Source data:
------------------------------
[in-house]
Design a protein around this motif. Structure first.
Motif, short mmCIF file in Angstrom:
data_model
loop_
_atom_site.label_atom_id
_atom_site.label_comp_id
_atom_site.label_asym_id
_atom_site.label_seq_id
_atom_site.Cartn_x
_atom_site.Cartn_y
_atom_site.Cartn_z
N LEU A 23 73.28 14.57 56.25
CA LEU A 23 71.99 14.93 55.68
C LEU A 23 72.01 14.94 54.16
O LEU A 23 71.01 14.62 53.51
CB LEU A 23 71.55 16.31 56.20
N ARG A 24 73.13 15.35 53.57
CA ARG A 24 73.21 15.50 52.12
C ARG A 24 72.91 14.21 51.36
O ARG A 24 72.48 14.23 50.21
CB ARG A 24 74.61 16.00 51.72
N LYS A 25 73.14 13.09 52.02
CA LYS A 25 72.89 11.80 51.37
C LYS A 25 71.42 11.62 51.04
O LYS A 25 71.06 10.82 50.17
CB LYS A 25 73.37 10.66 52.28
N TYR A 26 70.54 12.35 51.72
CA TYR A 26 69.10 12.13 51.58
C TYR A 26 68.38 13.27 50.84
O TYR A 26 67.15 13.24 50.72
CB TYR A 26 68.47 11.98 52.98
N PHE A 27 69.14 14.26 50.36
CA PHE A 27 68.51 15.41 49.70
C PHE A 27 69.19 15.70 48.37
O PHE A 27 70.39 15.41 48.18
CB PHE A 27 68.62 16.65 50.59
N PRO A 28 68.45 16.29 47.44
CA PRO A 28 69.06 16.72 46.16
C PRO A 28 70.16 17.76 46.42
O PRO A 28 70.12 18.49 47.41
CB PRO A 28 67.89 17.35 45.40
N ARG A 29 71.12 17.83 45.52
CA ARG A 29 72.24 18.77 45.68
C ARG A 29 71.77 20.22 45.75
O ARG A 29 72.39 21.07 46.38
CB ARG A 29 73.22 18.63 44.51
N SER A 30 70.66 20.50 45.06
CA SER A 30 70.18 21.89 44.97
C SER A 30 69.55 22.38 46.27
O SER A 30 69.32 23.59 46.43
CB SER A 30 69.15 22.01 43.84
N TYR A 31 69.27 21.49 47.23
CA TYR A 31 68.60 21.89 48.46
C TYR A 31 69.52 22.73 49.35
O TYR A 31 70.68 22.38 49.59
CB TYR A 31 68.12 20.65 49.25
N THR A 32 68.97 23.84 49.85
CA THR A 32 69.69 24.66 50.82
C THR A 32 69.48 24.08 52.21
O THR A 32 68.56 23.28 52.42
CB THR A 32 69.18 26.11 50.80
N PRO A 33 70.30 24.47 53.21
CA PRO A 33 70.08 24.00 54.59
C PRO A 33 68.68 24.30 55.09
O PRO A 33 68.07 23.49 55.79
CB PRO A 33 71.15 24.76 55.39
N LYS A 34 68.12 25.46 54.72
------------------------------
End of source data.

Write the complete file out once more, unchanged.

[in-house]
Design a protein around this motif. Structure first.
Motif, short mmCIF file in Angstrom:
data_model
loop_
_atom_site.label_atom_id
_atom_site.label_comp_id
_atom_site.label_asym_id
_atom_site.label_seq_id
_atom_site.Cartn_x
_atom_site.Cartn_y
_atom_site.Cartn_z
N LEU A 23 73.28 14.57 56.25
CA LEU A 23 71.99 14.93 55.68
C LEU A 23 72.01 14.94 54.16
O LEU A 23 71.01 14.62 53.51
CB LEU A 23 71.55 16.31 56.20
N ARG A 24 73.13 15.35 53.57
CA ARG A 24 73.21 15.50 52.12
C ARG A 24 72.91 14.21 51.36
O ARG A 24 72.48 14.23 50.21
CB ARG A 24 74.61 16.00 51.72
N LYS A 25 73.14 13.09 52.02
CA LYS A 25 72.89 11.80 51.37
C LYS A 25 71.42 11.62 51.04
O LYS A 25 71.06 10.82 50.17
CB LYS A 25 73.37 10.66 52.28
N TYR A 26 70.54 12.35 51.72
CA TYR A 26 69.10 12.13 51.58
C TYR A 26 68.38 13.27 50.84
O TYR A 26 67.15 13.24 50.72
CB TYR A 26 68.47 11.98 52.98
N PHE A 27 69.14 14.26 50.36
CA PHE A 27 68.51 15.41 49.70
C PHE A 27 69.19 15.70 48.37
O PHE A 27 70.39 15.41 48.18
CB PHE A 27 68.62 16.65 50.59
N PRO A 28 68.45 16.29 47.44
CA PRO A 28 69.06 16.72 46.16
C PRO A 28 70.16 17.76 46.42
O PRO A 28 70.12 18.49 47.41
CB PRO A 28 67.89 17.35 45.40
N ARG A 29 71.12 17.83 45.52
CA ARG A 29 72.24 18.77 45.68
C ARG A 29 71.77 20.22 45.75
O ARG A 29 72.39 21.07 46.38
CB ARG A 29 73.22 18.63 44.51
N SER A 30 70.66 20.50 45.06
CA SER A 30 70.18 21.89 44.97
C SER A 30 69.55 22.38 46.27
O SER A 30 69.32 23.59 46.43
CB SER A 30 69.15 22.01 43.84
N TYR A 31 69.27 21.49 47.23
CA TYR A 31 68.60 21.89 48.46
C TYR A 31 69.52 22.73 49.35
O TYR A 31 70.68 22.38 49.59
CB TYR A 31 68.12 20.65 49.25
N THR A 32 68.97 23.84 49.85
CA THR A 32 69.69 24.66 50.82
C THR A 32 69.48 24.08 52.21
O THR A 32 68.56 23.28 52.42
CB THR A 32 69.18 26.11 50.80
N PRO A 33 70.30 24.47 53.21
CA PRO A 33 70.08 24.00 54.59
C PRO A 33 68.68 24.30 55.09
O PRO A 33 68.07 23.49 55.79
CB PRO A 33 71.15 24.76 55.39
N LYS A 34 68.12 25.46 54.72